"Mastering Regular Expressions is the definitive guide to the subject, and an outstanding resource that belongs on every programmer's bookshelf. Ten out of Ten Horseshoes."

—Jason Menard, Java Ranch

What does that mean?

  • 3
    It is a (humorous) rating, like "5 out of 5 stars". Note the name of the organization, Java Ranch.
    – TimR
    Commented Oct 28, 2014 at 12:03
  • 2
    As TRomano says; if you check out the reviews at [javaranch.com/bunkhouse/books.jsp] you will see that books are rated with 1-10 horseshoes. Commented Oct 28, 2014 at 12:29
  • Fiddling with the site for a while, I found the search page on the site StoneyB had mentioned, e.g. javaranch.com/bunkhouse/…. Commented Oct 28, 2014 at 12:51

1 Answer 1


It's the web site's rating system.

It's common, in America anyway, to rate the quality of something on a scale, usually from 1 to 10, sometimes from 1 to 5. So if you say, "I give this one a 5 on a scale of 1 to 10", you're saying it's in the middle. Of course you could use any number for the highest rating but it's common to use either 5 or 10.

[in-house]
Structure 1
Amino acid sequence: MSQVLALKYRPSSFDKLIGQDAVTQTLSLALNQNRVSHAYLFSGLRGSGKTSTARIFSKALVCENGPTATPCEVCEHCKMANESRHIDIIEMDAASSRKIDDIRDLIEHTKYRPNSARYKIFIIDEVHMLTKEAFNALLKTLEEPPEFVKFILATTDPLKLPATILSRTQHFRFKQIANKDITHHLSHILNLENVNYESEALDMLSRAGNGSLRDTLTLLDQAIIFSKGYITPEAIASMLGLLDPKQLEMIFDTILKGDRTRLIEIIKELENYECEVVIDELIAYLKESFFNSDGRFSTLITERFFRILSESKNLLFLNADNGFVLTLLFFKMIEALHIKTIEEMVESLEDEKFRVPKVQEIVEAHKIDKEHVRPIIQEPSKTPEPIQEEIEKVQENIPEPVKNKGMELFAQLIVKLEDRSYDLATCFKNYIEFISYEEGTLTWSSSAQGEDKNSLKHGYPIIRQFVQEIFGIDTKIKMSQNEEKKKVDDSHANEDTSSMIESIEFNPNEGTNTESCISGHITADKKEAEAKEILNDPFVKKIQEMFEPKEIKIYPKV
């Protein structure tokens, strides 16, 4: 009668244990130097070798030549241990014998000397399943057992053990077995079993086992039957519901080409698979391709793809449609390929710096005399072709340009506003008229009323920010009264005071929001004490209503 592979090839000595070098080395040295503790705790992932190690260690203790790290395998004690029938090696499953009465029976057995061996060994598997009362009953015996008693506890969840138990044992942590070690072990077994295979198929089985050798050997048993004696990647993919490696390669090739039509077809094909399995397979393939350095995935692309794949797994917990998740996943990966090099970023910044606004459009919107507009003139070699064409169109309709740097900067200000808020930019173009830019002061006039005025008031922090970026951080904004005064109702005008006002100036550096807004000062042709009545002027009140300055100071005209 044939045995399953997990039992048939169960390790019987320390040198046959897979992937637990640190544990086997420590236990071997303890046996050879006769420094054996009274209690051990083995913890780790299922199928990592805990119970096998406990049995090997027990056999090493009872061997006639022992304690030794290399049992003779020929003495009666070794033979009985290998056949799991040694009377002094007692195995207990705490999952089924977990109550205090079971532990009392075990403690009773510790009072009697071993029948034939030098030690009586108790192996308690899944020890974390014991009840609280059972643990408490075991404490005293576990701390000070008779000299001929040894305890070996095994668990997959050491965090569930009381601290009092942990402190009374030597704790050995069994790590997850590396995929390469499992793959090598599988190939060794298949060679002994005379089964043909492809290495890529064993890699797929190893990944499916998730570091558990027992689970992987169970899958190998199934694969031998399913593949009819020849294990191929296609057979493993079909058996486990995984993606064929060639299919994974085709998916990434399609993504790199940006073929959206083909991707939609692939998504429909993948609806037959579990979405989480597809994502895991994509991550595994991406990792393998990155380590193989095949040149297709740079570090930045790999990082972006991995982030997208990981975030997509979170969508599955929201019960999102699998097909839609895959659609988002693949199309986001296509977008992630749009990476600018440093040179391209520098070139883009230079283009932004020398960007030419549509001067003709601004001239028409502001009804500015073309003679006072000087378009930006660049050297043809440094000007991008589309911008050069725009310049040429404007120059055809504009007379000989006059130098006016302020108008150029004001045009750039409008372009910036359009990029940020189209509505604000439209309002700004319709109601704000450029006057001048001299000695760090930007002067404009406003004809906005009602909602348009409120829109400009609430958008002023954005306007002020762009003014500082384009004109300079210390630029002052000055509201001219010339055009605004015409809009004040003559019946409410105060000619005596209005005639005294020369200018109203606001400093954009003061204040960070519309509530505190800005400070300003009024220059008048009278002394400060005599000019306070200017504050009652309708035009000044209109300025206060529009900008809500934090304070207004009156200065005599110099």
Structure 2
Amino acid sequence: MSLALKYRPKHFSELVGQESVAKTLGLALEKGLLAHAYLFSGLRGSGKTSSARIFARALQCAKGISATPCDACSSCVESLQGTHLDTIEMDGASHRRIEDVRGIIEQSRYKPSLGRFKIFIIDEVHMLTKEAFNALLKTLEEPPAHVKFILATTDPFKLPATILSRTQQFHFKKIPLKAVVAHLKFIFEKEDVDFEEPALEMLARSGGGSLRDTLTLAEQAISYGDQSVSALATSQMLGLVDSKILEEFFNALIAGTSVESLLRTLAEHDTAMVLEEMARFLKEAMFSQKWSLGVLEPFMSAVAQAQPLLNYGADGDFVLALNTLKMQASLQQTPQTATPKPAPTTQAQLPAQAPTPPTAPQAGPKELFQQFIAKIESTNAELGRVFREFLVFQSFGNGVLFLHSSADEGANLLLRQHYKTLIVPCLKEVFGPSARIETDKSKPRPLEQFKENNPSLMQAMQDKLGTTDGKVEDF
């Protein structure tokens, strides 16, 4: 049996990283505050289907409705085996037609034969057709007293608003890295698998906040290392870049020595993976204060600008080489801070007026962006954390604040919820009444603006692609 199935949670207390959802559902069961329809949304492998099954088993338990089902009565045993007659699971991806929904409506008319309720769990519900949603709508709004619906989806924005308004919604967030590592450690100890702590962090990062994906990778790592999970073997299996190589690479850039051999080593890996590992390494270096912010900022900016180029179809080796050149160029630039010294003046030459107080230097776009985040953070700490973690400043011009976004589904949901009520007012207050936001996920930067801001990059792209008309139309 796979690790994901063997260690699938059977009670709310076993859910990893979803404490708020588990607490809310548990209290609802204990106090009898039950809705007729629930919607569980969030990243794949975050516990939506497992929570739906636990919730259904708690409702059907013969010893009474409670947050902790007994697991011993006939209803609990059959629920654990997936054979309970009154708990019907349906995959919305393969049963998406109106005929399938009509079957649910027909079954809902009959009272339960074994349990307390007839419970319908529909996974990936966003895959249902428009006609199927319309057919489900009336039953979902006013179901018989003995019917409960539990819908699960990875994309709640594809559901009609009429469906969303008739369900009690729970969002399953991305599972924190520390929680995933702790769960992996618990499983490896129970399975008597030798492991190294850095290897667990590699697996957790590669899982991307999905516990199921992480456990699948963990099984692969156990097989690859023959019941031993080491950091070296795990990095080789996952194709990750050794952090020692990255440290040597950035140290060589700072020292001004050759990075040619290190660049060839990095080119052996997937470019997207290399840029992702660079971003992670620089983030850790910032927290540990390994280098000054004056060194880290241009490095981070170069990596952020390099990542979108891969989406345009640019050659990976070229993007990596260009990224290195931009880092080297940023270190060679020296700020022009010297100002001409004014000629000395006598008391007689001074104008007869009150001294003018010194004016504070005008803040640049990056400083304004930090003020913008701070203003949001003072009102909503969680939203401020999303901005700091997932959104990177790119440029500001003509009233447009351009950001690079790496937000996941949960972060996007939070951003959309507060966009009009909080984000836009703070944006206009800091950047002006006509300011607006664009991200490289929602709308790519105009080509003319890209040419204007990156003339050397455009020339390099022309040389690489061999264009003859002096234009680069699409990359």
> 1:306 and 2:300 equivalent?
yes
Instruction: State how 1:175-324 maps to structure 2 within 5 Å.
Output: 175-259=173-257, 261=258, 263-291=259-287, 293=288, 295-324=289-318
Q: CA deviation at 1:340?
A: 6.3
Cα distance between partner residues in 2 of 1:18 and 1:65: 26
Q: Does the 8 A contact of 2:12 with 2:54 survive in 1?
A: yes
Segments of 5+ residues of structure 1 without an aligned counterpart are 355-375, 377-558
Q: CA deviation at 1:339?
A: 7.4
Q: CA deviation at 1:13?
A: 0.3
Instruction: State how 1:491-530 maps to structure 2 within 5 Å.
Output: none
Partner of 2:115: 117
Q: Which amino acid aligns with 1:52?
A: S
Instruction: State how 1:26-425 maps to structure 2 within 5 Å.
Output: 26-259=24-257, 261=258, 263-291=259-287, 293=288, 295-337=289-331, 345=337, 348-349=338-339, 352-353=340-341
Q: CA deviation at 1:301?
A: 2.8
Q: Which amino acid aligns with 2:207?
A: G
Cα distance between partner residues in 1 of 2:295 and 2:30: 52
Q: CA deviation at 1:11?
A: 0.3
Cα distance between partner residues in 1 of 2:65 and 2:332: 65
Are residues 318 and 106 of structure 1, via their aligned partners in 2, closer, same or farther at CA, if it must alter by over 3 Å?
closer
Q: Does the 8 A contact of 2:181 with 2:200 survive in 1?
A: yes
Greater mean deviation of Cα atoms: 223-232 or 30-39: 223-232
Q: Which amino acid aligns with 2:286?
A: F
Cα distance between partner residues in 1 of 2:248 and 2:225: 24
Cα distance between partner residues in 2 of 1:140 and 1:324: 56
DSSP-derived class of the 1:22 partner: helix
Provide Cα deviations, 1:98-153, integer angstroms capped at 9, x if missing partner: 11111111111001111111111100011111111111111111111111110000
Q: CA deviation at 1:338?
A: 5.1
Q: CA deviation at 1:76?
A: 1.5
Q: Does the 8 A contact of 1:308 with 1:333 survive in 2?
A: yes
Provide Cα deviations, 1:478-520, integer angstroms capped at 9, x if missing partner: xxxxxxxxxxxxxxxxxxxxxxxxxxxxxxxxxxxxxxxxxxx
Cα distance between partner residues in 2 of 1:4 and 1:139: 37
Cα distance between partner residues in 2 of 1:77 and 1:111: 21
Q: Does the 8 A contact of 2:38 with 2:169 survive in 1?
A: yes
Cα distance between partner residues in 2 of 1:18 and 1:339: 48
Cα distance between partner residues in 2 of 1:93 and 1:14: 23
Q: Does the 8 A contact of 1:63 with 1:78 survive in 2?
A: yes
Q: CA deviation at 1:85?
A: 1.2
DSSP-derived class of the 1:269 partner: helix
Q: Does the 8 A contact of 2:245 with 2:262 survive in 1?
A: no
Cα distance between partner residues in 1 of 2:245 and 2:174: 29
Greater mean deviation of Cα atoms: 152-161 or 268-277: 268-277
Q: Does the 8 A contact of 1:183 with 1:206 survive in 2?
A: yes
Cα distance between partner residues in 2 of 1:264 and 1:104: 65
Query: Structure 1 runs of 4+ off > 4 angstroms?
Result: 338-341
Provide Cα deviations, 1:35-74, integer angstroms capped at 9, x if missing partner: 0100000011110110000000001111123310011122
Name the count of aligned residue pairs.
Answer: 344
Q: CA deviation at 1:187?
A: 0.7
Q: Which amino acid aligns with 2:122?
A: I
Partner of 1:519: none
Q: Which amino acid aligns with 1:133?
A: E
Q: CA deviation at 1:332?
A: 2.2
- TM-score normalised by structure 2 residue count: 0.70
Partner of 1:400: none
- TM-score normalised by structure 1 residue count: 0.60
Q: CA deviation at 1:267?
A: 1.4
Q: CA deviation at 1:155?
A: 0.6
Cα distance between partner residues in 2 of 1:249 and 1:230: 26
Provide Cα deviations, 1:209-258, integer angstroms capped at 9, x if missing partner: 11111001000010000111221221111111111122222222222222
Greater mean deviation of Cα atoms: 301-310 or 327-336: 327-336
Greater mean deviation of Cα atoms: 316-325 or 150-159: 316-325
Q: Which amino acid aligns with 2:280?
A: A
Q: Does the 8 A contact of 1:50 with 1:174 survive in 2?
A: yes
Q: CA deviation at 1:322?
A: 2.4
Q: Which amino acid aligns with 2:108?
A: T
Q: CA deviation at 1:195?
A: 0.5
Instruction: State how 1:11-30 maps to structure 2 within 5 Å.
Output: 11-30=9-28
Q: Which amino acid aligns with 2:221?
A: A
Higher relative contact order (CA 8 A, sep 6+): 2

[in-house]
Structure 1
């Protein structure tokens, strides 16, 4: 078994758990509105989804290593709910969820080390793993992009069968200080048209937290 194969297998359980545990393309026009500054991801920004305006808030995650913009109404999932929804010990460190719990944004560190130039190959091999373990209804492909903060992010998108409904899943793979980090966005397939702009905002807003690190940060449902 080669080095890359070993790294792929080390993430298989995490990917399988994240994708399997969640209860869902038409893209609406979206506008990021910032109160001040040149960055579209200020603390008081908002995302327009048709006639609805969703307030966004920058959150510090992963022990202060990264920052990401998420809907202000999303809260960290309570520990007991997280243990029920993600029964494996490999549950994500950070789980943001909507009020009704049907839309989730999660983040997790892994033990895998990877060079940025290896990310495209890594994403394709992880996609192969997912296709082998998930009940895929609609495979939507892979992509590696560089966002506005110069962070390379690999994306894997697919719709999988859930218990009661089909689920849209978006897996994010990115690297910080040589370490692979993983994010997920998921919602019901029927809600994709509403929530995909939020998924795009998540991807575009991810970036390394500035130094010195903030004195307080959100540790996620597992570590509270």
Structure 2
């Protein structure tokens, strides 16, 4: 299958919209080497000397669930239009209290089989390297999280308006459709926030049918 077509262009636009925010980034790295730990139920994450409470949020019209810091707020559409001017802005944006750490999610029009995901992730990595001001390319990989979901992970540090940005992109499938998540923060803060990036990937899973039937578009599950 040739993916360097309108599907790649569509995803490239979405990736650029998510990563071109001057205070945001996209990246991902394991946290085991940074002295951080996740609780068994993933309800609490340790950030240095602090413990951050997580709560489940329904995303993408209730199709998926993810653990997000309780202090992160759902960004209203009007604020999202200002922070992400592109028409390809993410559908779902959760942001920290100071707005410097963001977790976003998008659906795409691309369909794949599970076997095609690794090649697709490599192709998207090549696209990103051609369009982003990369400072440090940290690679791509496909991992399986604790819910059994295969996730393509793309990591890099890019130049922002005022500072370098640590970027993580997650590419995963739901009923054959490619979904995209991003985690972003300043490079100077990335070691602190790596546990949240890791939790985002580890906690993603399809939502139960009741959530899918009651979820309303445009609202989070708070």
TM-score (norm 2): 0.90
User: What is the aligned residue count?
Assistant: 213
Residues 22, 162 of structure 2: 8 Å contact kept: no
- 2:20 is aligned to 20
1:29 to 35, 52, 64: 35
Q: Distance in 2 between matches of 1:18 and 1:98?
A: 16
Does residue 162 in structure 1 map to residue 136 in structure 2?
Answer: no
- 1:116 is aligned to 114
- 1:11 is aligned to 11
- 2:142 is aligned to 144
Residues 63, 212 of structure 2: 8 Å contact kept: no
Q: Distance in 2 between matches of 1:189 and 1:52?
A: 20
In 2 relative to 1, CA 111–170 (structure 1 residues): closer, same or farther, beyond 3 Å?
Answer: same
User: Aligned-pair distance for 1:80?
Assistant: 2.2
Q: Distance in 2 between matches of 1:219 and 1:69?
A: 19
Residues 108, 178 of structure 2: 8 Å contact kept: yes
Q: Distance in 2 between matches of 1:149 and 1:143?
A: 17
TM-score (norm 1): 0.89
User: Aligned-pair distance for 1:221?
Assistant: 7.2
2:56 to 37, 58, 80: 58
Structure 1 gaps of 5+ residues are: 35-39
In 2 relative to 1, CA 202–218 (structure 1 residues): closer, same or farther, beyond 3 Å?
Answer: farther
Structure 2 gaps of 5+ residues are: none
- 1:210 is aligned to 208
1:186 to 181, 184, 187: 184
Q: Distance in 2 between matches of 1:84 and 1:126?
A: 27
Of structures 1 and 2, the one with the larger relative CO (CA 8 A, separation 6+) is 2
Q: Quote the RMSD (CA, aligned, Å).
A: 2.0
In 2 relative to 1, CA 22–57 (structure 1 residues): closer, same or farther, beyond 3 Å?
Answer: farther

This is often described as a number of "stars". Like, "I give this movie 4 stars". See Amazon.com, for example, where they routinely rate products with 1 to 5 stars.

Sometimes people use something other than stars to be consistent with the theme of their book or website or wherever they are giving these ratings. In this case, the site is called "Java Ranch", so the writer is apparently trying to have a ranch theme, and so he uses horseshoes instead of stars.

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